• Optimize your Fleet Usage: Depending on your needs, you might want to use your whole fleet of vehicles every day and share the load between them, or perhaps minimize the number of vehicles needed on any given day. Our solution can do both.

If you have encountered these challenges, InfinityQ’s Last Mile Delivery API solution is a great tool to optimize your parcel delivery routes. It can help you reduce your operational costs, increase customer satisfaction, and grow your business.

About the Author: Sébastien Delorme, PhD

As Head of Product, and with over 25 years of experience in research and development, Sébastien leads the productization of InfinityQ quantum-inspired technologies. Prior to joining InfinityQ, he held leadership roles in several privately held companies, including Director of Development at Montreal’s Ubisoft Entertainment, where he led more than 15 teams developing a micro-services platform used by all Ubisoft game titles, Director of Engineering and R&D at OSSim Technologies (now Symgery), a Montreal-based start-up developing surgical simulators to train medical students, and Director of Product Development at Sologlobe (now Genetrix North America).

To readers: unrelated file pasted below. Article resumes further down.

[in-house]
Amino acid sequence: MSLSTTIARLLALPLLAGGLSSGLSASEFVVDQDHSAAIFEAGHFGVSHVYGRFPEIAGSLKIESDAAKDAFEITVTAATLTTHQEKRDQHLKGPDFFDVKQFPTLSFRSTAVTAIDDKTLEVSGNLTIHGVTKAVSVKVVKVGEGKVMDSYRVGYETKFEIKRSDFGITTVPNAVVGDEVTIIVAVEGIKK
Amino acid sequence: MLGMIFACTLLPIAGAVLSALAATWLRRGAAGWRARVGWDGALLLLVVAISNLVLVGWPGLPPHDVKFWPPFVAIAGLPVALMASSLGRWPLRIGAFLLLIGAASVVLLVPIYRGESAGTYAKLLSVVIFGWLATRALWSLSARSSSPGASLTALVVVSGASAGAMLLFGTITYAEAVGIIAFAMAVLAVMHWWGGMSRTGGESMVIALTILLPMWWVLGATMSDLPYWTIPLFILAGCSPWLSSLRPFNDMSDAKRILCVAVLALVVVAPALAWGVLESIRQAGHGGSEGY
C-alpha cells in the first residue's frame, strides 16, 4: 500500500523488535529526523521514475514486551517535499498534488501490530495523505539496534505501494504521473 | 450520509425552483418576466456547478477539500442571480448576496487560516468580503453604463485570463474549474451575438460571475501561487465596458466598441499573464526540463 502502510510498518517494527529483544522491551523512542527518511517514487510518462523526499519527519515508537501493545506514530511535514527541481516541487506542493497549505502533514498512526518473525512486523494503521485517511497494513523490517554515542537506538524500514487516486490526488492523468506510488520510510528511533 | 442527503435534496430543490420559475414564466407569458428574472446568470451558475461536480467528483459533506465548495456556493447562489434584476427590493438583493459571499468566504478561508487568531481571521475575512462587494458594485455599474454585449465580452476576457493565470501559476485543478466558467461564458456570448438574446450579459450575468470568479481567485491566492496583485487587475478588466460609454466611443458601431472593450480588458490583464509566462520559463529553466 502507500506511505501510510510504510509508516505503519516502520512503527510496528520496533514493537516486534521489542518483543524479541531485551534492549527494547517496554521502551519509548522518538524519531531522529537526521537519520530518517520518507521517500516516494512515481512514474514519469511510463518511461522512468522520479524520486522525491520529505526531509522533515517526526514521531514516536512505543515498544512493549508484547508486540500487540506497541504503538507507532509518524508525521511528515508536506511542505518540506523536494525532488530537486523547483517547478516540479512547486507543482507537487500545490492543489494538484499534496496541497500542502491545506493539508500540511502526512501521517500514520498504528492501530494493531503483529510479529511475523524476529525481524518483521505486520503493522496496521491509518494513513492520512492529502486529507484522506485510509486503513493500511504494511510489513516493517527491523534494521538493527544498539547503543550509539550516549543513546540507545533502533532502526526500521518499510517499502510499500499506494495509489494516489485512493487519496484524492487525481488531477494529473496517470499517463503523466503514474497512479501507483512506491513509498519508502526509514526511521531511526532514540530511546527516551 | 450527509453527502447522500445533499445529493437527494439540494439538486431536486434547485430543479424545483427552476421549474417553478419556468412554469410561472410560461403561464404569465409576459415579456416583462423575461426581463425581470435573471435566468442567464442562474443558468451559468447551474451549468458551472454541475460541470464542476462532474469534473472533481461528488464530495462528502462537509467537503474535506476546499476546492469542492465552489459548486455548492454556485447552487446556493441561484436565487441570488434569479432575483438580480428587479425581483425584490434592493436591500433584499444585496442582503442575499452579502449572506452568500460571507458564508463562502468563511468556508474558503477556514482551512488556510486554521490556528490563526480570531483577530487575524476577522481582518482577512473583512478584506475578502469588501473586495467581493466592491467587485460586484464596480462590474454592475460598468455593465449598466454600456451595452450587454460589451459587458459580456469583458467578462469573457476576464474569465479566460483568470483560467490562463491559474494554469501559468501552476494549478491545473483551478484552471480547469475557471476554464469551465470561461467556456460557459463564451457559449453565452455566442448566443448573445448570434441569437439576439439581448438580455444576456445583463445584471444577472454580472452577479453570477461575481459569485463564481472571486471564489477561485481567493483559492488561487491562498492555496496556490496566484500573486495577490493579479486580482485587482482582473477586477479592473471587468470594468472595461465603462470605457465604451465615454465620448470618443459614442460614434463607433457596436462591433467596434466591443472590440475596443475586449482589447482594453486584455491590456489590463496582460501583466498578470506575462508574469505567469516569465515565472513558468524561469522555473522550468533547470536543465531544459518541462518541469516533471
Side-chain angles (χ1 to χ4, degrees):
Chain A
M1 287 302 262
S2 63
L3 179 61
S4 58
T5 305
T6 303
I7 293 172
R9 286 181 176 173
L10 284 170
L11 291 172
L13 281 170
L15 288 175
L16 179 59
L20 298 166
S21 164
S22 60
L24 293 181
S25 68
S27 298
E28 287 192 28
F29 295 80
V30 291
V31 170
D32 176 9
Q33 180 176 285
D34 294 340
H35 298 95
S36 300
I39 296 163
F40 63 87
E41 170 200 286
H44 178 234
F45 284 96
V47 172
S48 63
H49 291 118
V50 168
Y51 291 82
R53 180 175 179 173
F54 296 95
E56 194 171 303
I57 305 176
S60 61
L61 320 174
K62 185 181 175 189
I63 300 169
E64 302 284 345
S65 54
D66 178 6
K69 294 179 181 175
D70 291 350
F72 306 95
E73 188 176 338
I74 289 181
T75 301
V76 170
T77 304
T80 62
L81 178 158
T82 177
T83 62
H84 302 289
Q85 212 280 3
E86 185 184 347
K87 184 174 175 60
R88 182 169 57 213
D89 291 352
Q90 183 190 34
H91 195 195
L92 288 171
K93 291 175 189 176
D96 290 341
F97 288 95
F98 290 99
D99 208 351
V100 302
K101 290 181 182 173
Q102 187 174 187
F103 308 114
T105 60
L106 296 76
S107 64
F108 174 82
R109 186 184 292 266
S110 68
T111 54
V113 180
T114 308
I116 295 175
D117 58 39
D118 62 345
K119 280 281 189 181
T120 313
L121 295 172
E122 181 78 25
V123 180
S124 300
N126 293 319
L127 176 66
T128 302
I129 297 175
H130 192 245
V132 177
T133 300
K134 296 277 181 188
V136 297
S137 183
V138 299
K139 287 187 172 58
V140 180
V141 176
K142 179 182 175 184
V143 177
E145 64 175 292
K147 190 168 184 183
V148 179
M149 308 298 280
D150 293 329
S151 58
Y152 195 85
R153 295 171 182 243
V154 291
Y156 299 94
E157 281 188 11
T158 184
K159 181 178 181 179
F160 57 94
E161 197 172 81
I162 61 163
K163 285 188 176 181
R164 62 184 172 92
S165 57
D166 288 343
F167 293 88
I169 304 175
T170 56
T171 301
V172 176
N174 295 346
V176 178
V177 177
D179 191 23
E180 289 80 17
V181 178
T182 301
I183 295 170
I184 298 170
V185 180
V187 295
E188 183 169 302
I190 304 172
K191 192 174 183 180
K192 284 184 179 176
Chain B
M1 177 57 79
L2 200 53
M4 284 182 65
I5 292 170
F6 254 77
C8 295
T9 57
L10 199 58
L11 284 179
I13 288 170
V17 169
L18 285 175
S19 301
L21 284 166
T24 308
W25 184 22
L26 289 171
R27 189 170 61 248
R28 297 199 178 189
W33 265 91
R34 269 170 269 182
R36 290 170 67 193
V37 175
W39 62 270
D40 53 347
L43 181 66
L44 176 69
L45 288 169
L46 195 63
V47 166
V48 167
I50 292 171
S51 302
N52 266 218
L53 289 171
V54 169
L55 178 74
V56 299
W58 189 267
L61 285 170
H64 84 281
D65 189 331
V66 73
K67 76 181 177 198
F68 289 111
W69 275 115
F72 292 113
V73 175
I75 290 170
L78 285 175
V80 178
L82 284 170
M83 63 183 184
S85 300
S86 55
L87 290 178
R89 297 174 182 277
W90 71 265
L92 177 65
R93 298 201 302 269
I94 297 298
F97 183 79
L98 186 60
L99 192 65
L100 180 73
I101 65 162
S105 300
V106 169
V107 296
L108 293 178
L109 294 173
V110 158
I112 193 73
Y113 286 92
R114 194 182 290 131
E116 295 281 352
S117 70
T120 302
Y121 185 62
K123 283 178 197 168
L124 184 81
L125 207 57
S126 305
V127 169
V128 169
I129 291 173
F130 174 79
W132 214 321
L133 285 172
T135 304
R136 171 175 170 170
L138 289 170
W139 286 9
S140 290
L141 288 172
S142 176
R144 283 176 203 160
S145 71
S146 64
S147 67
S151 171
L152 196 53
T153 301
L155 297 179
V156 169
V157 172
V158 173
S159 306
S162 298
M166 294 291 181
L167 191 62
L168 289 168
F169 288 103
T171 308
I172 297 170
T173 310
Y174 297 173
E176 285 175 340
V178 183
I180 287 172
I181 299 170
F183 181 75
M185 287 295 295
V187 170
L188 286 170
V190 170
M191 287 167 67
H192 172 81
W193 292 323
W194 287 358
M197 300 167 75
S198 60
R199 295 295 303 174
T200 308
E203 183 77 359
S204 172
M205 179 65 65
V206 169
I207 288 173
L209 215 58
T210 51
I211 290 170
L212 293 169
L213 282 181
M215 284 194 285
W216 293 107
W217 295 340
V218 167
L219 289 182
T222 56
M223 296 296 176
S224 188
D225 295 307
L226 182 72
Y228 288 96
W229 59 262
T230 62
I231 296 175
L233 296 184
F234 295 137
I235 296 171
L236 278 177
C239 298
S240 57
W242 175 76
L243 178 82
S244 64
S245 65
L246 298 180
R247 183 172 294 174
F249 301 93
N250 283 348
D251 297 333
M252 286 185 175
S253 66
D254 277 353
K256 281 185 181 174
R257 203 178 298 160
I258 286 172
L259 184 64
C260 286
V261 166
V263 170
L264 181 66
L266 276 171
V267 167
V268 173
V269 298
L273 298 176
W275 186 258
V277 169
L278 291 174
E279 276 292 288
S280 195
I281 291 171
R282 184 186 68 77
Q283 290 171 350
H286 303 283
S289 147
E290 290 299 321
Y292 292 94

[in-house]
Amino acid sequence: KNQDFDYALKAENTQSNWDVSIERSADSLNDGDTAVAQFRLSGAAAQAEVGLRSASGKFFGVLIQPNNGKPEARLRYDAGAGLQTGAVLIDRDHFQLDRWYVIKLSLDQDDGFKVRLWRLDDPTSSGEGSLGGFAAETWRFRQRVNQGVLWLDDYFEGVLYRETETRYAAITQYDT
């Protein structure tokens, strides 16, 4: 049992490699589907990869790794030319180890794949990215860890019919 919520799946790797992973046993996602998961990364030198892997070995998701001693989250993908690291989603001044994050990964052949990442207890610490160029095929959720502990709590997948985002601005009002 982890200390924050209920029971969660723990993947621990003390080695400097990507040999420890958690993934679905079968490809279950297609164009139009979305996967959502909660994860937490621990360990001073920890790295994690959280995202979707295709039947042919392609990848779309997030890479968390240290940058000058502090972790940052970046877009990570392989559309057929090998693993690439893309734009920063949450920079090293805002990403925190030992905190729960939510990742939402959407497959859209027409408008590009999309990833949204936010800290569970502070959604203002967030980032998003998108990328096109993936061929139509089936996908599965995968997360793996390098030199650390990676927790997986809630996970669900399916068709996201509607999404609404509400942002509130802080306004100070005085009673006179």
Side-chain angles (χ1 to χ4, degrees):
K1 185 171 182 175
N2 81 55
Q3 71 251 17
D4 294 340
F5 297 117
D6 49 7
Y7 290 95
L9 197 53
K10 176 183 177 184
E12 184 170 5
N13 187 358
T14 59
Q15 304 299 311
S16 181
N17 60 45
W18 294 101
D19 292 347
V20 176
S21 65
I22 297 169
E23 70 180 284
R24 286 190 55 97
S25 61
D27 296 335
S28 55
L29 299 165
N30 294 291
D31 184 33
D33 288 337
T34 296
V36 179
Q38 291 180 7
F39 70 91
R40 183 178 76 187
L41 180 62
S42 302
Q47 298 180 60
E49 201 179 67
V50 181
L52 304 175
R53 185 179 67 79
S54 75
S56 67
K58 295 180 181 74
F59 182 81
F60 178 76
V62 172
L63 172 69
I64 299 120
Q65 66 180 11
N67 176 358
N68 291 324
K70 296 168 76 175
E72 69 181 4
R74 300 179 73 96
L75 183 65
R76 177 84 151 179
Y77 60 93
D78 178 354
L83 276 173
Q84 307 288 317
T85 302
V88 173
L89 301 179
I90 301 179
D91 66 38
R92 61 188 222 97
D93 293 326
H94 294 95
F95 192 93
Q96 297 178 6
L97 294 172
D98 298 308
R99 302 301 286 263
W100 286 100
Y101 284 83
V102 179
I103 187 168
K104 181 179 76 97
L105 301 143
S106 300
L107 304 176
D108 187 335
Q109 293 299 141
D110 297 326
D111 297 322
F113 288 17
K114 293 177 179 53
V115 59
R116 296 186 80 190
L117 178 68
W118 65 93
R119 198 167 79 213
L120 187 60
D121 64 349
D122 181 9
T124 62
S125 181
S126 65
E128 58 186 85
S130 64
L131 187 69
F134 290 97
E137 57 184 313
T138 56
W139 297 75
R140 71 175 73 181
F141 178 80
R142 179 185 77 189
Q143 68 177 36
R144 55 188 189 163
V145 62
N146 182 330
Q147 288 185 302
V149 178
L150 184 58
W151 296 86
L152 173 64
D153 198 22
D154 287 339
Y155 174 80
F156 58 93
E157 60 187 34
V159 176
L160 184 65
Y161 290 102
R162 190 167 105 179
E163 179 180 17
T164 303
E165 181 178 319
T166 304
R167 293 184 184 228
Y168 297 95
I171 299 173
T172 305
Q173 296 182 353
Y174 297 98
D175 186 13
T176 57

bottom of page